We've covered the AWU non-scandal here at New Matilda rather reluctantly; I firmly believe that the available evidence on the public record essentially vindicates the Prime Minister. With parliamentarians returning to their electorates, December is therefore a month in which we might have hoped that attention would turn to issues of policy and substance.
For her part, Julia Gillard is getting on with the business of running the country. There's a meeting of the Council of Australian Governments coming up this Friday, for instance, which gives her the perfect opportunity to resume combat with the natural enemies of all prime ministers, conservative or Labor: state premiers.
This will be a big challenge. Although Gillard's most committed haters reside in the darker recesses of the right-wing blogosphere, the Prime Minister has some powerful and high-profile opponents ensconced in high office in the many of Australia's states and territories.
That's both a problem and an opportunity for Gillard, because the states and territories are more than usually involved in her reform agenda. Yes, voters tend to side with Canberra when state premiers attack the sitting prime minister. But it's also the case that most of the big-picture reforms that Gillard is pursuing — and which will be central to her re-election campaign — are inextricably tied up in the tangles of Australia's perennially dysfunctional federation.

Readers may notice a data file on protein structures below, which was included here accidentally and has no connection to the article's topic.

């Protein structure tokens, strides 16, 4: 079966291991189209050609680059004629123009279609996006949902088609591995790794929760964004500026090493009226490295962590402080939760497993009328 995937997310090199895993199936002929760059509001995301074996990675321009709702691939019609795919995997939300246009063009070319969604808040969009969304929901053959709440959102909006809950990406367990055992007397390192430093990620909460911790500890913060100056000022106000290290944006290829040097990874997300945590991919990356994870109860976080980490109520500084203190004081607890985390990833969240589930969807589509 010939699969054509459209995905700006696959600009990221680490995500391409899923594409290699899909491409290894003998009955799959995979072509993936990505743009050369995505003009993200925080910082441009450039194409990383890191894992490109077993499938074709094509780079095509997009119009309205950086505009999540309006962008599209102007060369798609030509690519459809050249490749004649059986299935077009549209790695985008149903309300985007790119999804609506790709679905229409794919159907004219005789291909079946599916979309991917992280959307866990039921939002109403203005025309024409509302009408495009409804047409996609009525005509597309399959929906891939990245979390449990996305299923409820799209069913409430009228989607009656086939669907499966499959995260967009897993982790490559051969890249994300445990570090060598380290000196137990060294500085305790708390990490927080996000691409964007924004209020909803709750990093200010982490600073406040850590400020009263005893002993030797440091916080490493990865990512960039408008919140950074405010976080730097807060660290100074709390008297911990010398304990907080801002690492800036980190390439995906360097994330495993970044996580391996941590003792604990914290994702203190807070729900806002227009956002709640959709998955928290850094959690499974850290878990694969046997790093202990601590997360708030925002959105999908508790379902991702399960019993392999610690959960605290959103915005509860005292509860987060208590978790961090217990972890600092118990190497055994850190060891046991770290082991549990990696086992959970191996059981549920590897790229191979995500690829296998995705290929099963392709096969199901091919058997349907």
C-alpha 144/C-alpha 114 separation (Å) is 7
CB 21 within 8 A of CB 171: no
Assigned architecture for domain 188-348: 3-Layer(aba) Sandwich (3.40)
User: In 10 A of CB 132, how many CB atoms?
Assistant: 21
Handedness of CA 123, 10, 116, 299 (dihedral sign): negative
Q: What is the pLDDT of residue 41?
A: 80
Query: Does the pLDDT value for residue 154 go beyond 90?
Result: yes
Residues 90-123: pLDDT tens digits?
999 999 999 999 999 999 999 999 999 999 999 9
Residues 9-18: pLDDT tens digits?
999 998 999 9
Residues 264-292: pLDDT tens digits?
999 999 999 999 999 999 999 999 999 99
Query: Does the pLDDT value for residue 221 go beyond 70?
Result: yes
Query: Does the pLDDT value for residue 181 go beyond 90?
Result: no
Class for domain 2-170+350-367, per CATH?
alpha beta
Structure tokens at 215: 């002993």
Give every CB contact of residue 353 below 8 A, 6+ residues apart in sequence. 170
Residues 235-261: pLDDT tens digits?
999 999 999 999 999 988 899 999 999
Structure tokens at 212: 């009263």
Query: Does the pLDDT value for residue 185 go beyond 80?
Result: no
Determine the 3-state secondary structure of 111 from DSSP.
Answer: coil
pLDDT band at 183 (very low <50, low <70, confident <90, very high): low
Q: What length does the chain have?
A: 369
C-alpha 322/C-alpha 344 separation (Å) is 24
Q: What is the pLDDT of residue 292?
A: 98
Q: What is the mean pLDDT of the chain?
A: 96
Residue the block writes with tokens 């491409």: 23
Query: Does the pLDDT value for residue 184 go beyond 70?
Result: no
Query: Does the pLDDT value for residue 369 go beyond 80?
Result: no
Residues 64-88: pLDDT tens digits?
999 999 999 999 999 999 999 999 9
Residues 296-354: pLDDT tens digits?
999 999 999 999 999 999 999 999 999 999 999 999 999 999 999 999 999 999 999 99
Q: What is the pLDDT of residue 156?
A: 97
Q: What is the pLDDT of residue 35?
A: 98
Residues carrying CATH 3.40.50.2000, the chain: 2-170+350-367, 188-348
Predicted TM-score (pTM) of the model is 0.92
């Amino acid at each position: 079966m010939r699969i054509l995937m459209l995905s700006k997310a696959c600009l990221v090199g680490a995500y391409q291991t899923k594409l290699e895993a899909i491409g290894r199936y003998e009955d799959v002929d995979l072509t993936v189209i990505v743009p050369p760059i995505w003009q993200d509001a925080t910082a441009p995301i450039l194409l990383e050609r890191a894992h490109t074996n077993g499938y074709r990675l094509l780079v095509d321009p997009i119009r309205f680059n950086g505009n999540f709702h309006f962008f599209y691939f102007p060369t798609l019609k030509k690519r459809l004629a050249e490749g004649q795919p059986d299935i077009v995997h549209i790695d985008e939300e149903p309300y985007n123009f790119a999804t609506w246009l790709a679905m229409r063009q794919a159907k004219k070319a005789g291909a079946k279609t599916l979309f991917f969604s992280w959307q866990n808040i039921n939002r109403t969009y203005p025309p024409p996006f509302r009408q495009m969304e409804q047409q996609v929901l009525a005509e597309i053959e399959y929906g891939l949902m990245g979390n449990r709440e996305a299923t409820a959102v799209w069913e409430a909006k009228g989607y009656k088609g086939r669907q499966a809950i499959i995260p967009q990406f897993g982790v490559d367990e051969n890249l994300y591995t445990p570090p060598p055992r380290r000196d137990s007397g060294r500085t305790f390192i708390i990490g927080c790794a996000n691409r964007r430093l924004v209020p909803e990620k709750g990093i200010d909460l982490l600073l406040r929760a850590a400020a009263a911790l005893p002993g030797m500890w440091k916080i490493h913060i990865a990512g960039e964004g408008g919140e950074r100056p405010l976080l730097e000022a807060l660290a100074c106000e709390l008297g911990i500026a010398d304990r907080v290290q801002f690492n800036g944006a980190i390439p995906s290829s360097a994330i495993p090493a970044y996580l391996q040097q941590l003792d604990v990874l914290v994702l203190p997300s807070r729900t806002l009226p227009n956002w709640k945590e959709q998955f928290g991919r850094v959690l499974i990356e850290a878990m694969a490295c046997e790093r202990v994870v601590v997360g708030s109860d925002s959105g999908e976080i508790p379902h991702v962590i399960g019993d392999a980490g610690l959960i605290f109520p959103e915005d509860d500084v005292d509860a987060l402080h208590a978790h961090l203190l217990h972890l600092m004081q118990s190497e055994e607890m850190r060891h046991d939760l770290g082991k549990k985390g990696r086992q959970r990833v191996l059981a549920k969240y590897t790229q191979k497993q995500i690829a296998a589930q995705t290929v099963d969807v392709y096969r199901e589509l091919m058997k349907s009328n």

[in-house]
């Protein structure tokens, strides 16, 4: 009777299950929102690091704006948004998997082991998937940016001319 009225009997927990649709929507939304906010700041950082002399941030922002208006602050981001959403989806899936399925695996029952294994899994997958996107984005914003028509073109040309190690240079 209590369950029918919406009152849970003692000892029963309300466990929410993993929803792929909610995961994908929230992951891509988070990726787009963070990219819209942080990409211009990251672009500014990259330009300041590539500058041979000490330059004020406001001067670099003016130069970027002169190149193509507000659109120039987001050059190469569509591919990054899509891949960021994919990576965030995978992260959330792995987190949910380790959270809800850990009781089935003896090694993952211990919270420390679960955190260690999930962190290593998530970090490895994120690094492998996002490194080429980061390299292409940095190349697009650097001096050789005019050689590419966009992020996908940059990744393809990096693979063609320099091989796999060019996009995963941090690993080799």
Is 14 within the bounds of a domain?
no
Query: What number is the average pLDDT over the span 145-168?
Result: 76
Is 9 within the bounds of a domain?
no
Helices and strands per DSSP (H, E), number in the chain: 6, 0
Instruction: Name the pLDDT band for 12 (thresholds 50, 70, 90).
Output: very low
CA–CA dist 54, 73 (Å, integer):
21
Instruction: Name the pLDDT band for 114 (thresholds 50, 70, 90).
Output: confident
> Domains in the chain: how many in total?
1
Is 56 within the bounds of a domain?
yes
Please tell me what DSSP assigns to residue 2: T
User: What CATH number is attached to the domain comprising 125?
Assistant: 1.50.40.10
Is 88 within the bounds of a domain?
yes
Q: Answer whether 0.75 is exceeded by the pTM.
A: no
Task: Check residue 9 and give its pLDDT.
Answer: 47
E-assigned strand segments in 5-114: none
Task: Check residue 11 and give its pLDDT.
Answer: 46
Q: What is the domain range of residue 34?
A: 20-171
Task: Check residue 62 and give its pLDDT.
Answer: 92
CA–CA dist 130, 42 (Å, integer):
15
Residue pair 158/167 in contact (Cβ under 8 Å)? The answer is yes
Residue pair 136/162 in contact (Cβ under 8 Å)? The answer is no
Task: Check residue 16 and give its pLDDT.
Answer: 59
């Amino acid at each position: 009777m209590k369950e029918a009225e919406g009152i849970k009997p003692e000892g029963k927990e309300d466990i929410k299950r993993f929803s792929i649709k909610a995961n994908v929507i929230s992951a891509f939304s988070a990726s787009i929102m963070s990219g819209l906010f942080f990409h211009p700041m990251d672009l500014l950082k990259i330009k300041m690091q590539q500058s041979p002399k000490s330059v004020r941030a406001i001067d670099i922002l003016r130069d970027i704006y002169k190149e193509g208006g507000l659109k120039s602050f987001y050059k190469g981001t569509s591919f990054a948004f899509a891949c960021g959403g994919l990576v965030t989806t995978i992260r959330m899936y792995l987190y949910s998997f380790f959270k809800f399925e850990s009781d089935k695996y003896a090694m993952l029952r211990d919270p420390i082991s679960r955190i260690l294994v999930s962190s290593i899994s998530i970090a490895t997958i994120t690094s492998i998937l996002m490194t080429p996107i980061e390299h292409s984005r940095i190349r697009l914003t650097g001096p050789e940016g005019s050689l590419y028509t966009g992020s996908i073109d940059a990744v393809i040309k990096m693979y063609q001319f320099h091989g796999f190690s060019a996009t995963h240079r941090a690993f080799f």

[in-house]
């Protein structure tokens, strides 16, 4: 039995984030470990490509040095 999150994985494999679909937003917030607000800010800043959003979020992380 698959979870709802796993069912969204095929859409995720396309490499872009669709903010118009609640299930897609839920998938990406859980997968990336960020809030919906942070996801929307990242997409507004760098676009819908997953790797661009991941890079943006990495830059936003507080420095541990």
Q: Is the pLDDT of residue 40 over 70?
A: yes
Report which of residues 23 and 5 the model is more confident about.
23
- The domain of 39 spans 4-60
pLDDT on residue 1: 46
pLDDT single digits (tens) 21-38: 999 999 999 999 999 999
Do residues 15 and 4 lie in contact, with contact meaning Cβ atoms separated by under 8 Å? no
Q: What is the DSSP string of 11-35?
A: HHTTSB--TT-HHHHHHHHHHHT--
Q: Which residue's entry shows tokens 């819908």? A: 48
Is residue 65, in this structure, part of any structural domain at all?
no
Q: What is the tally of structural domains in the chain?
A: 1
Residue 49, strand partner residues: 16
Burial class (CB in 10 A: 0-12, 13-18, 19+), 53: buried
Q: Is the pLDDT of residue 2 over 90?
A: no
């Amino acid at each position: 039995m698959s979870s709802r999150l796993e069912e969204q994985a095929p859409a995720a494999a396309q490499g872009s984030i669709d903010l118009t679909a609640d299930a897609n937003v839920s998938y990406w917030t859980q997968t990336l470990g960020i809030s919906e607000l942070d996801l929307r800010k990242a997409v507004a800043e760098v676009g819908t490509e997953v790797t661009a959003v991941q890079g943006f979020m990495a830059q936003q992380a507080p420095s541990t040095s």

Take electricity prices, an issue she's decided to run strongly on this week. The Prime Minister has unveiled a plan to try and get electricity prices down, or at least alleviate some of the bill shock that has been causing palpitations in the electorate. Ambitiously, and perhaps a little foolishly, an actual number has been put on her reform plans, with the government saying it will try and save householders $250 a year on their power bills.
Tristan Edis has a good account of what the Prime Minister's plan involves, but the quick summary is that the government plans to implement much of the Australian Electricity Market Commission's Power of Choice report, including the potential roll-out of smart meters. Number one on the agenda is of course doing something to address the extravagant gold-plating that has been going on in many state-owned electricity networks.
The problem with doing something about the gold-plating, however, is that it is not in the states' interests to do so. And the states are the biggest gold-platers.
As New Matilda readers will know from our Future Shock series on energy, Australia's electricity grid is largely under the purview of the states. The relevant legislation for the National Electricity Market is a South Australian law, and many of the big players in the sector are state-owned companies controlled by New South Wales and Queensland.